During the most recent legislative session I was privileged to work on two major initiatives designed to open up Oklahoma government to the purview of taxpayers as has never before been possible.
One of these initiatives was Senate Bill SB 1759 which is commonly known as the Government 2.0 proposal. I authored this legislation with State Senator Anthony Sykes. This bill contained a series of transparency initiatives, including the codification of what I believe is the first comprehensive state-level Government 2.0 plan in the nation. In the future I intend to write articles about this bill that will describe the implications of the changes and ways this will allow you to hold state government responsible.
The other initiative was House Bill 3422 which was authored by Representative Ken Miller and Senator Clark Jolley. The plan is known as the Open Books 2.0 proposal and was requested by Miller and the Oklahomans for Responsible Government (OFRG) group. OFRG routinely utilizes web based reporting to conduct studies which help document how accountable various government entities are. The individuals at OFGR are becoming experienced in using web based transparency platforms and noticed that Oklahoma's open books policies (the policy by which state government must place expenses online) was falling behind that of other states.
Current Oklahoma law does not require all state expenditures to be placed online and the expenditures are not easily searchable. This makes it difficult for those who want to find out where state government is spending money.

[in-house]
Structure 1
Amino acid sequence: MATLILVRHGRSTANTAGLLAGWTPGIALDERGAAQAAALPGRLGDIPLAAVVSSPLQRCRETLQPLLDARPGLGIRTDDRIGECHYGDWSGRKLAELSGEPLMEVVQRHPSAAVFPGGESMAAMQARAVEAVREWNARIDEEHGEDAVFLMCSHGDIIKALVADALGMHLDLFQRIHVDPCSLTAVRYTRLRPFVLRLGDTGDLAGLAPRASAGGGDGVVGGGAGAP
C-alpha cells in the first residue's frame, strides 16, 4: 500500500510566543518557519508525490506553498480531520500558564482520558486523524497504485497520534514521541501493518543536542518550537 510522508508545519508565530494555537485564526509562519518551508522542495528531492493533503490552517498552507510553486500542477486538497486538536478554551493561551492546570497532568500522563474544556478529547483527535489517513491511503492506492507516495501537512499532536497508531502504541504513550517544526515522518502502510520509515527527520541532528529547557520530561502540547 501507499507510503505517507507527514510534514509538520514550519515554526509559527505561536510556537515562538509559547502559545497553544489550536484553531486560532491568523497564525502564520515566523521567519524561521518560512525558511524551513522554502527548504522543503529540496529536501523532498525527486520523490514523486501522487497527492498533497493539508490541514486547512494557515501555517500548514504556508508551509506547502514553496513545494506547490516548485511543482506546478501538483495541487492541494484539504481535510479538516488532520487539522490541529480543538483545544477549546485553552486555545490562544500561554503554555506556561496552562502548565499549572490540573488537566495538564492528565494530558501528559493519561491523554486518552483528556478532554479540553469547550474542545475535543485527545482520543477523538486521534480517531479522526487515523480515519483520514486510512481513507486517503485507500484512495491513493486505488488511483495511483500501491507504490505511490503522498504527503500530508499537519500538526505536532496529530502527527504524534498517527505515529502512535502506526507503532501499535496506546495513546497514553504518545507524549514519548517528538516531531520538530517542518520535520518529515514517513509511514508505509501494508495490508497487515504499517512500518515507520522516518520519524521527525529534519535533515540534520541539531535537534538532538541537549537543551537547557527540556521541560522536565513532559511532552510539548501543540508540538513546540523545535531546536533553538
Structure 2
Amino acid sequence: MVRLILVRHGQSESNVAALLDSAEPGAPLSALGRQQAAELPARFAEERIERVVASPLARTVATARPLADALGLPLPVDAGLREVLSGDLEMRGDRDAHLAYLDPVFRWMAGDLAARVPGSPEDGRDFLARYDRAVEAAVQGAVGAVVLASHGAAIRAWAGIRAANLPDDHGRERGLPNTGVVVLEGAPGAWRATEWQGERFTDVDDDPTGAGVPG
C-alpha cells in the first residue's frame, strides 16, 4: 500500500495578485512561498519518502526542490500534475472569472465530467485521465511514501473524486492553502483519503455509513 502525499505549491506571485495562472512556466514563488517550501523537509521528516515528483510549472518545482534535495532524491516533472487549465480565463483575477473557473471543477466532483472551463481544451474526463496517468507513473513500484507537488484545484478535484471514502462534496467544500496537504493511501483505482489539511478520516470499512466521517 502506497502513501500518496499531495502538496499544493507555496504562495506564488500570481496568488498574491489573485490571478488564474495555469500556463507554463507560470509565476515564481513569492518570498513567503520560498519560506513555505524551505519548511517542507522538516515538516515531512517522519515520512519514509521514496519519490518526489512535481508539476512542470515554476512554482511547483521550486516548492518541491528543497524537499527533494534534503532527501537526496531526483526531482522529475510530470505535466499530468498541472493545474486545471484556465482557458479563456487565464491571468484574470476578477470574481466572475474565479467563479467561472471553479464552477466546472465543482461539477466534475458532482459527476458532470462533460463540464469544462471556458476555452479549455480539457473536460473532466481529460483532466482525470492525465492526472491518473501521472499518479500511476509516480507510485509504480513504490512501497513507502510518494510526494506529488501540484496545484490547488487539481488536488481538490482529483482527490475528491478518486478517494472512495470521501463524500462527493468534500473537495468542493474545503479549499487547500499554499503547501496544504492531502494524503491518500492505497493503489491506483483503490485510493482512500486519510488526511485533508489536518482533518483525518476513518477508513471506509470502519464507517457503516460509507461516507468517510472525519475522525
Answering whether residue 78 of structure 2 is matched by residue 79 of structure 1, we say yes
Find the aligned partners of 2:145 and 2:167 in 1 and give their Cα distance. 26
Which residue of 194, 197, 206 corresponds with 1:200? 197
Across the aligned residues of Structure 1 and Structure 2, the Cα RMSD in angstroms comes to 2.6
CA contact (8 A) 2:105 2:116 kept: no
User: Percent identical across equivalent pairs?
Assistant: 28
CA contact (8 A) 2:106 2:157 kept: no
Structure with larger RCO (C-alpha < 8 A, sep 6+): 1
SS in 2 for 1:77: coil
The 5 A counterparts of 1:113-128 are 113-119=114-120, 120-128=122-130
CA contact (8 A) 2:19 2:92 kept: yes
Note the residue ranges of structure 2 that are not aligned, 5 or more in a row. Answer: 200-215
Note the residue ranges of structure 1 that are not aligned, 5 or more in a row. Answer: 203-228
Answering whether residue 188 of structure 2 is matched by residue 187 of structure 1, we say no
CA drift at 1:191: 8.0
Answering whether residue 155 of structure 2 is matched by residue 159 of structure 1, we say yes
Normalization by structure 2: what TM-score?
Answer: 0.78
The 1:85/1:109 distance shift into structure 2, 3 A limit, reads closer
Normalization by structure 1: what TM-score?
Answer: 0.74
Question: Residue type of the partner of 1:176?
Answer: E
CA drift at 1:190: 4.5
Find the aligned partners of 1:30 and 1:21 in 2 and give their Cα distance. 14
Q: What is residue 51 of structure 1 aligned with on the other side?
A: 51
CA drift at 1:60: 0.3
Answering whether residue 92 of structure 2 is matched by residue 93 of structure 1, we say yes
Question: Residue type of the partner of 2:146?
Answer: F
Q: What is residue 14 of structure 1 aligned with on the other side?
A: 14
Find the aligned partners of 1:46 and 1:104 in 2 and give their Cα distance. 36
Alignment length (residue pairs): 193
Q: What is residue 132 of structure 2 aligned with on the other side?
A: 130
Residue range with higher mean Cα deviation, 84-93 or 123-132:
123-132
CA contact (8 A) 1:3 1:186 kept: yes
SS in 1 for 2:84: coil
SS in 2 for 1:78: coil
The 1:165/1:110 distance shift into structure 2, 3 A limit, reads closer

I was honored to work with OFRG, Miller and Senate author Clark Jolley and help develop the transparency criteria which were eventually placed into the new law. HB 3422 will require not only that all state government purchases be placed online, but will also ensure that those expenditures are searachable by name.
No longer will taxpayers be forced to scroll through page after page of expenditures in order to find the name of an individual or company who is receiving a government check. Now, taxpayers will be able to search by name and can quickly find out how much that entity is receiving.
The spend data will also be available for export in standardized formats so that the data can be downloaded and analyzed. This will enable third party organizations representing taxpayers to perform complex analysis of government spending. In addition, the data will be archived and kept on file so that not only will documentation of the expenditures remain open to the public, but long term spending trends can be analyzed as well.
I very much enjoyed being able to help with this legislation and believe the implications of these reforms will be extremely far reaching in deterring inappropriate government spending. In a future update I will write about some of the exciting tax-credit transparency language which will also go into law as a result of House Bill 3422.